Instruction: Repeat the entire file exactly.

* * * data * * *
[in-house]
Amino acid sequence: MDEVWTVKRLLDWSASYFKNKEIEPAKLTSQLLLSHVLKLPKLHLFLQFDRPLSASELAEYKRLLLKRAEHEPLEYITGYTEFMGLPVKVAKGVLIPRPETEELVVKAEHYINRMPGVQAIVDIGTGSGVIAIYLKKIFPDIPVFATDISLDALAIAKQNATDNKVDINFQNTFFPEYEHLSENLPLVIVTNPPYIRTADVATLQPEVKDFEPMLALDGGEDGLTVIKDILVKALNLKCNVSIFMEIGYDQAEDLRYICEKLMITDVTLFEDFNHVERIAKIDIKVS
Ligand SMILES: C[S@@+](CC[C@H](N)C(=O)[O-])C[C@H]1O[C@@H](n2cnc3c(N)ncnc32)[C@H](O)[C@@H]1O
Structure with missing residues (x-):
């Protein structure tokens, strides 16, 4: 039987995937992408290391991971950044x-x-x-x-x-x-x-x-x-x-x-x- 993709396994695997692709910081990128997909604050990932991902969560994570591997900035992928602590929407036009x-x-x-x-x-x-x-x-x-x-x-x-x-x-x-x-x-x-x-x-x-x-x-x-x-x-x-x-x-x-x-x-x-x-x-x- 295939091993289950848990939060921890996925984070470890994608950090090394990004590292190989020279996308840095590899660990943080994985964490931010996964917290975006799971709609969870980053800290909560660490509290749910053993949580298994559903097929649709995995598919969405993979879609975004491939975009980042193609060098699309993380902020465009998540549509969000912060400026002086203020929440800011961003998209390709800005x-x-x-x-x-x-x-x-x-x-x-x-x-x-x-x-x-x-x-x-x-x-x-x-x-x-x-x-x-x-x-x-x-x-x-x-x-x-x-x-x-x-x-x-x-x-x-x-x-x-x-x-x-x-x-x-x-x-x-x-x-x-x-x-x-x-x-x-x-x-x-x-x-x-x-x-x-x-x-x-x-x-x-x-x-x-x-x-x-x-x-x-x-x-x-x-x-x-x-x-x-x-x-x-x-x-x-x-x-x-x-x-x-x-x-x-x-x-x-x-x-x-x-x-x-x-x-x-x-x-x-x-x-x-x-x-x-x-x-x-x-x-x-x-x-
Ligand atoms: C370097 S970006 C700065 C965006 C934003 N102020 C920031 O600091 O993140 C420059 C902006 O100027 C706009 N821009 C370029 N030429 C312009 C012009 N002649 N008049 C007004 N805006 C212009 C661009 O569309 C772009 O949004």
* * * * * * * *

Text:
[in-house]
Amino acid sequence: MDEVWTVKRLLDWSASYFKNKEIEPAKLTSQLLLSHVLKLPKLHLFLQFDRPLSASELAEYKRLLLKRAEHEPLEYITGYTEFMGLPVKVAKGVLIPRPETEELVVKAEHYINRMPGVQAIVDIGTGSGVIAIYLKKIFPDIPVFATDISLDALAIAKQNATDNKVDINFQNTFFPEYEHLSENLPLVIVTNPPYIRTADVATLQPEVKDFEPMLALDGGEDGLTVIKDILVKALNLKCNVSIFMEIGYDQAEDLRYICEKLMITDVTLFEDFNHVERIAKIDIKVS
Ligand SMILES: C[S@@+](CC[C@H](N)C(=O)[O-])C[C@H]1O[C@@H](n2cnc3c(N)ncnc32)[C@H](O)[C@@H]1O
Structure with missing residues (x-):
């Protein structure tokens, strides 16, 4: 039987995937992408290391991971950044x-x-x-x-x-x-x-x-x-x-x-x- 993709396994695997692709910081990128997909604050990932991902969560994570591997900035992928602590929407036009x-x-x-x-x-x-x-x-x-x-x-x-x-x-x-x-x-x-x-x-x-x-x-x-x-x-x-x-x-x-x-x-x-x-x-x- 295939091993289950848990939060921890996925984070470890994608950090090394990004590292190989020279996308840095590899660990943080994985964490931010996964917290975006799971709609969870980053800290909560660490509290749910053993949580298994559903097929649709995995598919969405993979879609975004491939975009980042193609060098699309993380902020465009998540549509969000912060400026002086203020929440800011961003998209390709800005x-x-x-x-x-x-x-x-x-x-x-x-x-x-x-x-x-x-x-x-x-x-x-x-x-x-x-x-x-x-x-x-x-x-x-x-x-x-x-x-x-x-x-x-x-x-x-x-x-x-x-x-x-x-x-x-x-x-x-x-x-x-x-x-x-x-x-x-x-x-x-x-x-x-x-x-x-x-x-x-x-x-x-x-x-x-x-x-x-x-x-x-x-x-x-x-x-x-x-x-x-x-x-x-x-x-x-x-x-x-x-x-x-x-x-x-x-x-x-x-x-x-x-x-x-x-x-x-x-x-x-x-x-x-x-x-x-x-x-x-x-x-x-x-x-
Ligand atoms: C370097 S970006 C700065 C965006 C934003 N102020 C920031 O600091 O993140 C420059 C902006 O100027 C706009 N821009 C370029 N030429 C312009 C012009 N002649 N008049 C007004 N805006 C212009 C661009 O569309 C772009 O949004």